NASHVILLE, Tenn. -- The first renderings of a MLS stadium at Fairgrounds Nashville are spectacular, and it’s hard not to get fired up at the possibility of it being a centerpiece of yet another neighborhood renaissance in Music City.IMG 1236

It’s far more difficult to get fired up about the possibility of it also being home to Vanderbilt’s football team.

Per The Tennessean: “The stadium is envisioned as a ‘dual-purpose’ facility in case Vanderbilt University wants to move forward with a proposal to share the stadium with MLS and make it the new home of their football team.”

The paper quotes Vanderbilt's vice chancellor David Williams as open to the idea.


"At Vanderbilt, we regularly assess new opportunities, and we'll do the same with this," Williams said. " And if we think that it emerges that this vision provides an opportunity for our team, our fans and our community, we are very, very open to exploring that possibility." 

John Ingram, Vanderbilt’s most prominent booster, is also the head of the city’s MLS group. He’ll ultimately get what he wants though he's technically recused himself from Vanderbilt's decision.

We need to do all we can to make sure the people in power don't decide football games should be off campus at Vanderbilt.

Vanderbilt Stadium needs to be massively renovated or rebuilt or the school needs to build a new on-campus stadium. Metal bleachers don’t cut it in 2017. My radio colleague Chad Withrow has long proposed that Vanderbilt refurbish the stadium and make it the most unique venue in the SEC. Decrease capacity from 39,790 and make it a Fenway Park/ Wrigley Field/ Lambeau Field kind of experience, albeit with a far less fabled history.

In no way am I comparing Ivy League football to the SEC.

But I went to Columbia in New York, where the football stadium and athletic complex for soccer and lacrosse are 102 city blocks, 11 subway stops and over five miles from the center of campus. When I was there, and for most of its modern history, the team stunk. And getting students to travel to games was an incredibly tough sell.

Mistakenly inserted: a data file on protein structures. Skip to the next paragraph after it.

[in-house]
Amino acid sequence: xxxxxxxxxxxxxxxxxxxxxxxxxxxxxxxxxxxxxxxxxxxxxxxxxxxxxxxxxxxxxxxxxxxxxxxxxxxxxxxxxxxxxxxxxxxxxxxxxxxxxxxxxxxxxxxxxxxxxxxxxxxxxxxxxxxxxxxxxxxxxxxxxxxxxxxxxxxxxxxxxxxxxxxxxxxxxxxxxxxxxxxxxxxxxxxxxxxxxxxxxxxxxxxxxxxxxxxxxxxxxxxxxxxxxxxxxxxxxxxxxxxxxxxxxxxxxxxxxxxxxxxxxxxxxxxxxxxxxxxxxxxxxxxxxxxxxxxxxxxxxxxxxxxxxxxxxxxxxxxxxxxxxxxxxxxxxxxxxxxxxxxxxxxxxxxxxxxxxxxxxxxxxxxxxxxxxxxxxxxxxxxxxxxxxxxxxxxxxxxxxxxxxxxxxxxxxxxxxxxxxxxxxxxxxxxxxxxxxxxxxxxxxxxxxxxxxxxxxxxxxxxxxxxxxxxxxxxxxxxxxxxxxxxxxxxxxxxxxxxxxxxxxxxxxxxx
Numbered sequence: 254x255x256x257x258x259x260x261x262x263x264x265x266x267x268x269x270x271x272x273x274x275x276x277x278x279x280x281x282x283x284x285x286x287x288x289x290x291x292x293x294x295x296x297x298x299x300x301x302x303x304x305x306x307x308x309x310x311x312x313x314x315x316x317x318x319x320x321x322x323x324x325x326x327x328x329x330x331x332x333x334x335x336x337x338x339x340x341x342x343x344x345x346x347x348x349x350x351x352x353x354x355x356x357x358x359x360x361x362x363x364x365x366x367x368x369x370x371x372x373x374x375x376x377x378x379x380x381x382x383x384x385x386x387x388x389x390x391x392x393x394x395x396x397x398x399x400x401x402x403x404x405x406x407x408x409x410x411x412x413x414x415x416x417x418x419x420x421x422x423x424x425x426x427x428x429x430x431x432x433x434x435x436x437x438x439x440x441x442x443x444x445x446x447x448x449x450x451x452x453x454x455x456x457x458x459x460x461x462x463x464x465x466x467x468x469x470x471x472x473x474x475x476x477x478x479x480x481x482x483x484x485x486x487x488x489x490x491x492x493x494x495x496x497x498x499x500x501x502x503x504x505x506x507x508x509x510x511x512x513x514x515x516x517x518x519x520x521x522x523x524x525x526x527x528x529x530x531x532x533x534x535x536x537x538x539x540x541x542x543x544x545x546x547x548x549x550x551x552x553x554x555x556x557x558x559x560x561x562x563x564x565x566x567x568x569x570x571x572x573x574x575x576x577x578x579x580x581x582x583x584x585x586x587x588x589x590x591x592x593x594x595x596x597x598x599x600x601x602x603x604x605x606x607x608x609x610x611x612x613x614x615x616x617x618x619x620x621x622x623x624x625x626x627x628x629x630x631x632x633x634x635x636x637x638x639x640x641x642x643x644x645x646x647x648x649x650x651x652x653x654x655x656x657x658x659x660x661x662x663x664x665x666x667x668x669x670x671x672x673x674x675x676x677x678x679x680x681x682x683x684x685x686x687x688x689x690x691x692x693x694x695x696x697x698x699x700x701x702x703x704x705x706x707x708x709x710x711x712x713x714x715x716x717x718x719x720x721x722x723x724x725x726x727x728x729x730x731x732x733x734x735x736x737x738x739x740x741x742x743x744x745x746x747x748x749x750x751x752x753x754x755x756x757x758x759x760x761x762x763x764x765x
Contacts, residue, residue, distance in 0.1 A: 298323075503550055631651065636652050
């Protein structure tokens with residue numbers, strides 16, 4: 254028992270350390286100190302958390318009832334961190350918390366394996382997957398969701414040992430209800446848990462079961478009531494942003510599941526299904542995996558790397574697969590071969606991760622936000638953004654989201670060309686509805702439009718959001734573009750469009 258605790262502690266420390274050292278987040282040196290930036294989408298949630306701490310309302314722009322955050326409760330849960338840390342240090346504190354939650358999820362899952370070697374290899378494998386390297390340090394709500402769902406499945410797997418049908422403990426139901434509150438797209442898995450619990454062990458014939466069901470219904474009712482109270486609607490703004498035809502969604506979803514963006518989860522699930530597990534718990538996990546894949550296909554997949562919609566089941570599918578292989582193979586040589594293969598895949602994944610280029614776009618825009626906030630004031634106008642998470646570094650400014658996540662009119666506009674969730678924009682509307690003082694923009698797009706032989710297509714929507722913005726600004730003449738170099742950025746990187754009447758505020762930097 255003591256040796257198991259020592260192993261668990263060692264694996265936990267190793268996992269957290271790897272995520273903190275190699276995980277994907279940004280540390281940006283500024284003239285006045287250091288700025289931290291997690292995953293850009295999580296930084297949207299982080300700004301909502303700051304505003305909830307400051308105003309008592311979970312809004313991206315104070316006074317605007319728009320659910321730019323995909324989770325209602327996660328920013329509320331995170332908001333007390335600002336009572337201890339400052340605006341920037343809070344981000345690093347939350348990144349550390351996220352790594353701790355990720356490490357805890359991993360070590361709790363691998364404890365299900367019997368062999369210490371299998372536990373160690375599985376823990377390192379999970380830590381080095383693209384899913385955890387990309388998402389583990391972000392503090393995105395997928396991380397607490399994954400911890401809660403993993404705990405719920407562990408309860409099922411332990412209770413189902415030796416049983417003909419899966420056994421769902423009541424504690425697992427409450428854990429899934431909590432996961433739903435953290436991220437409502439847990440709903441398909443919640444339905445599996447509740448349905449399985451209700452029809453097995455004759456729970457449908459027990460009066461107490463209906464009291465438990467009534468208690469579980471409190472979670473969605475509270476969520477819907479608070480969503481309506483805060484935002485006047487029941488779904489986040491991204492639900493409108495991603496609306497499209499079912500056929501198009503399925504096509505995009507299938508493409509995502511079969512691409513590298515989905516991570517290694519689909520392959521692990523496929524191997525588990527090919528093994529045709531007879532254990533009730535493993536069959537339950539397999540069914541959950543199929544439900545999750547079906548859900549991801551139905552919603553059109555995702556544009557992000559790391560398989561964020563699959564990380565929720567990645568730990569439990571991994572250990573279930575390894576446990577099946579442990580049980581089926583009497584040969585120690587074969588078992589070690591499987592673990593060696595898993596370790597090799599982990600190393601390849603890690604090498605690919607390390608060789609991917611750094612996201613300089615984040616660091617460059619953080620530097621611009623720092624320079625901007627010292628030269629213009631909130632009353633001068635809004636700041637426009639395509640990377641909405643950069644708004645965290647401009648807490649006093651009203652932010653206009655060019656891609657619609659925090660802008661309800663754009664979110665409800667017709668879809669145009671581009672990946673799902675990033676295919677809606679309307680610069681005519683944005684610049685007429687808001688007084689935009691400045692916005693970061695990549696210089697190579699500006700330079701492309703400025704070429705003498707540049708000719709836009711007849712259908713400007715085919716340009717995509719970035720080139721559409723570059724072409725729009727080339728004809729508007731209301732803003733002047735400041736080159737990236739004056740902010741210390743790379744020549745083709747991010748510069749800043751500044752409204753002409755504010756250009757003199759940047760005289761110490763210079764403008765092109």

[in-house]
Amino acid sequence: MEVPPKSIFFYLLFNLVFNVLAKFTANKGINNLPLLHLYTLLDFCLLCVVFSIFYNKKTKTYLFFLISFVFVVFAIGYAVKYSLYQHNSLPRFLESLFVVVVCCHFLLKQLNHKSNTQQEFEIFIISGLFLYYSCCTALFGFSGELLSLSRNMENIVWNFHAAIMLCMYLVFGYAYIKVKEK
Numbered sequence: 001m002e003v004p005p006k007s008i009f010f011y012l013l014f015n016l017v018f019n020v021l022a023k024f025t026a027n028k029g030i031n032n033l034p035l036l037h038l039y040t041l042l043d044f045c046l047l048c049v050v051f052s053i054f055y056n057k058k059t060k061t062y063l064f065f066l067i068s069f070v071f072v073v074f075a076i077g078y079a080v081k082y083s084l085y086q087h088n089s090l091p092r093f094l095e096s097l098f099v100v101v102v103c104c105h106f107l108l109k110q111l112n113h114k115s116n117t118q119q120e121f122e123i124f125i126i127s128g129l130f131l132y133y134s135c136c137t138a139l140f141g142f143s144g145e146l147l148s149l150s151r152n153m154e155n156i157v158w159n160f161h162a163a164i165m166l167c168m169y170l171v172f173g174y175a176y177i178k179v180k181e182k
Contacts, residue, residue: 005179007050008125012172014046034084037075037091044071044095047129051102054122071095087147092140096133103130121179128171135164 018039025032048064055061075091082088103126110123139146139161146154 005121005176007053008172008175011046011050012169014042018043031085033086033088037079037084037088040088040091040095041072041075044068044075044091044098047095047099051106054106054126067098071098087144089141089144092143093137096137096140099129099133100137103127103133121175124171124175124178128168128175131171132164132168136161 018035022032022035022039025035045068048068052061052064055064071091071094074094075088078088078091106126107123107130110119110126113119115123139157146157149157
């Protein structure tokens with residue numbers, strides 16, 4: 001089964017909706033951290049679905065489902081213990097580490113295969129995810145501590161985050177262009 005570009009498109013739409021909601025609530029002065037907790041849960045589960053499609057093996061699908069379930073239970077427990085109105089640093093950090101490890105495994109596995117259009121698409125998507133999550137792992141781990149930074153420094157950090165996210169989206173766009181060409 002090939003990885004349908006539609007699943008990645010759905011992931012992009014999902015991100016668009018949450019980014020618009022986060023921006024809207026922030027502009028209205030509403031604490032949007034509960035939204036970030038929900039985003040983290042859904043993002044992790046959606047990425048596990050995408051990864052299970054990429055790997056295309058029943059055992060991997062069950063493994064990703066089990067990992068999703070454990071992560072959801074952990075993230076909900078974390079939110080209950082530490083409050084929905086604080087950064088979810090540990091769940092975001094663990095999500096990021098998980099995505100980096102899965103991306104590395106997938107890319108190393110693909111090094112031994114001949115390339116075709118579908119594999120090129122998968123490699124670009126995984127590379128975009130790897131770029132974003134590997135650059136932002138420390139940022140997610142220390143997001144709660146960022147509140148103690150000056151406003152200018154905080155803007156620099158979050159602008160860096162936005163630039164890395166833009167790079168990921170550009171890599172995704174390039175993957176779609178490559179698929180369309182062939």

The Fairgrounds isn’t as far from Vanderbilt as the Baker Field complex is from Columbia's campus. But it's not that different.

The MLS stadium site is roughly 3.7 miles from Vanderbilt’s main address.

That’s not far, and a new stadium would be a lure -- for at least a game.

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But on a campus that has trouble getting students to games at a building most can walk to, it’s a terrible idea to ask them to drive or hop a shuttle. At a school lacking a storied football history without a big tradition of student presence at games, taking those games further away is a horrible idea. (Meanwhile, it would make for a far better experience for the fans of SEC opponents, who already come to plenty of road game in Nashville. They'd flood the place.)

James Franklin built the Commodores' program up to a place many of us weren’t sure we’d ever see. Derek Mason has Vanderbilt in a pretty good place, where it is capable of beating Tennessee and can get to bowl games far more often than it has historically.

Don’t take that and put it 3.7 miles away on Saturdays. It would be a monumental mistake.

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